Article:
Intellectual Property Attorney

Postmortem Rights Of Publicity

The death of Roger Richman, an agent who specialized in representing the estates of deceased celebrities, reminds us that postmortem rights of publicity did not exist until relatively recently and are still only protectable in a minority of states.

As discussed in a previous blog here, thirty-one states (as well as Puerto Rico) currently recognize the right of publicity as a distinct, protectable property right under common law and/or statute. 1 J. Thomas McCarthy,
The Rights of Publicity and Privacy § 6:3 (2nd ed. 2013). However, only 20 states recognize a postmortem right of publicity.
Id. § 9:18. Whether or not rights of publicity die with the person depend on where the deceased was domiciled (i.e., maintained a permanent residence) at the time of death.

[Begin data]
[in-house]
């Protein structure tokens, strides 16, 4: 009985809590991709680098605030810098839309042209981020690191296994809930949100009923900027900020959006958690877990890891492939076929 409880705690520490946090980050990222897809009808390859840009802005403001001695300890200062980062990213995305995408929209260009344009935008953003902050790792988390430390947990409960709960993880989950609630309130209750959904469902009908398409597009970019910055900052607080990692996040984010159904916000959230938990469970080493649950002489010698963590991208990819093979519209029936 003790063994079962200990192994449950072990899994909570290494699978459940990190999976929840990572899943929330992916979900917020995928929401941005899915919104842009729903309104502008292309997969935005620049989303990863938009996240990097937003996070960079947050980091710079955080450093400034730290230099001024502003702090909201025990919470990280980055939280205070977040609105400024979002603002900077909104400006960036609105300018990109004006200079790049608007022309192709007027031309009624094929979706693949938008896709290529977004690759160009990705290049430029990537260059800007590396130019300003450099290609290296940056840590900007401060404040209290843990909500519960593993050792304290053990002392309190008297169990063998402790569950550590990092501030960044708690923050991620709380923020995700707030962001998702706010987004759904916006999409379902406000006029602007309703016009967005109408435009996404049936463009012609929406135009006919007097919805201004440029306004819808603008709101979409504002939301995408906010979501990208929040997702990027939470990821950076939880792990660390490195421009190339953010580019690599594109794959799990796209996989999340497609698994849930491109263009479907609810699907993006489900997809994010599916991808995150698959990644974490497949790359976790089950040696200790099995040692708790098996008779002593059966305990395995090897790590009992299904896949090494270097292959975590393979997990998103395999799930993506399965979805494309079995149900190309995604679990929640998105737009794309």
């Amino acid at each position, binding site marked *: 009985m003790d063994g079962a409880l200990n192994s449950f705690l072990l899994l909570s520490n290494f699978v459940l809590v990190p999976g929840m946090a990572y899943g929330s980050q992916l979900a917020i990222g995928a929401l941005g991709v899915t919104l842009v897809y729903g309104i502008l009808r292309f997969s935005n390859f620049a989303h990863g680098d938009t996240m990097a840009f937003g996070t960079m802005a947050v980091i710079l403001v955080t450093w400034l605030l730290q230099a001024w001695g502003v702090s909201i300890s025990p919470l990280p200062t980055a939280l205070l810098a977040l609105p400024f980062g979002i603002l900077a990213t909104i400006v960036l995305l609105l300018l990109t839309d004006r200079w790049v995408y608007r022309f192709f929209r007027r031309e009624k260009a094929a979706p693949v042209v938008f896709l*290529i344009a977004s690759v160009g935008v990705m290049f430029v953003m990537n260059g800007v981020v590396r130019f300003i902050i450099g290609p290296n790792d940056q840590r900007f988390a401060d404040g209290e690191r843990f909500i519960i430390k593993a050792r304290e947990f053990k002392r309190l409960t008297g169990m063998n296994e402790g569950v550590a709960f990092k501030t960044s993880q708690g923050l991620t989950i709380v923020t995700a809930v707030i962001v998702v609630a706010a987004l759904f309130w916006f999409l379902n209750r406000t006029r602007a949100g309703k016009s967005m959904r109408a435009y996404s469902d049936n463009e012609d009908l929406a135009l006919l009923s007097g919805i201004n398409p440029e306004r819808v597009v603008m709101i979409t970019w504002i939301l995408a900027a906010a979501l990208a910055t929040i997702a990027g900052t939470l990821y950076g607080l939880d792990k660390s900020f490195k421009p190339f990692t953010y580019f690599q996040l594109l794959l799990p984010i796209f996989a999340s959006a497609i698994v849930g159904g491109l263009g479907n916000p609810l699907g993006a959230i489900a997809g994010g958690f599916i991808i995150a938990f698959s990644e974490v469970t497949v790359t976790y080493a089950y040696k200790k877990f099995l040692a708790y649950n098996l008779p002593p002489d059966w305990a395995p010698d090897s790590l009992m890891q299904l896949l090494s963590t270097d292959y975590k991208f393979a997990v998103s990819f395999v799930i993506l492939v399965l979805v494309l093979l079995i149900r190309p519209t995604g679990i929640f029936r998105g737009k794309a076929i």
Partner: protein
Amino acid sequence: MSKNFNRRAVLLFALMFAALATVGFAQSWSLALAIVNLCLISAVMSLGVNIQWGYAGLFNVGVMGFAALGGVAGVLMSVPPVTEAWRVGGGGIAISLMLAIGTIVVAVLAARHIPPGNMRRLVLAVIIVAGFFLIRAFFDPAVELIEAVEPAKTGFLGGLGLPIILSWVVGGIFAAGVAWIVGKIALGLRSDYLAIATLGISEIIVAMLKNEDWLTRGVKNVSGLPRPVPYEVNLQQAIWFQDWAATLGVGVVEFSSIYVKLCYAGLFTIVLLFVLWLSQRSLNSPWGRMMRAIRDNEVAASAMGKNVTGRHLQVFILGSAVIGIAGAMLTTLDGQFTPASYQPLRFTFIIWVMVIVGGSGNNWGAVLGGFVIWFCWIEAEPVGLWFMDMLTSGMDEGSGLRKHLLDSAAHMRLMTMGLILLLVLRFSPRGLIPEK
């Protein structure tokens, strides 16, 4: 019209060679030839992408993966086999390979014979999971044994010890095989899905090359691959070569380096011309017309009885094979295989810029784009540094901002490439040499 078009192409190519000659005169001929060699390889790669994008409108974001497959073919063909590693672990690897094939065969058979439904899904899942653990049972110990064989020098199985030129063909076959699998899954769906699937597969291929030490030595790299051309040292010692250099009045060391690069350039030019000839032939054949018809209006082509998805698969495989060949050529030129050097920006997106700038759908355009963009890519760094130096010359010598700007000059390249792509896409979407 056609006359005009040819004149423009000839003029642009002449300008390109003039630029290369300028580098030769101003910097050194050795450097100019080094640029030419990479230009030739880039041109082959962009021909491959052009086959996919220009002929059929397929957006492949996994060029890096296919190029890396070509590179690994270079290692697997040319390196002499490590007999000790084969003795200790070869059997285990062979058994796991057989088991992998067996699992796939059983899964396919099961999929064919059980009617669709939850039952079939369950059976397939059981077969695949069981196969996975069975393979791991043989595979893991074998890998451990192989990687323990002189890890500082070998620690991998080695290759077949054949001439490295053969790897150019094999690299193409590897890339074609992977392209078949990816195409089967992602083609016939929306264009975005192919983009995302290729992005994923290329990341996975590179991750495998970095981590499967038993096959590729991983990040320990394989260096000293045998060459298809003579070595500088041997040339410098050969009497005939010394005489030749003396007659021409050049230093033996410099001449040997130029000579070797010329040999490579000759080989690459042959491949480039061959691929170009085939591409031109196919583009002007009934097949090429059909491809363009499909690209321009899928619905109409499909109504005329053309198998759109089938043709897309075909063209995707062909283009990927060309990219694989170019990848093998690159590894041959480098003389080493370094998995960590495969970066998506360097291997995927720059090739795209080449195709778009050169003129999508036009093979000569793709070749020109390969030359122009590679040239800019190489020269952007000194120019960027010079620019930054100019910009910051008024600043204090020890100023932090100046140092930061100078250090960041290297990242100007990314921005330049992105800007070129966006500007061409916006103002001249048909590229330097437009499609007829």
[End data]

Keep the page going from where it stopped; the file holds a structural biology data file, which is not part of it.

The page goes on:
Not surprisingly, California and Tennessee (home to Elvis) are among those states with express statutes extending the right to publicity beyond the grave. In fact, Mr. Richman was influential in getting the California statute enacted in 1985. That statute grants heirs rights lasting 70 years from death. The duration of the right varies from state to state, typically ranging from 20 to 100 years.

Notably, New York—home to innumerable celebrities and a pioneer in the protection of rights of publicity in general—does not recognize a postmortem right.

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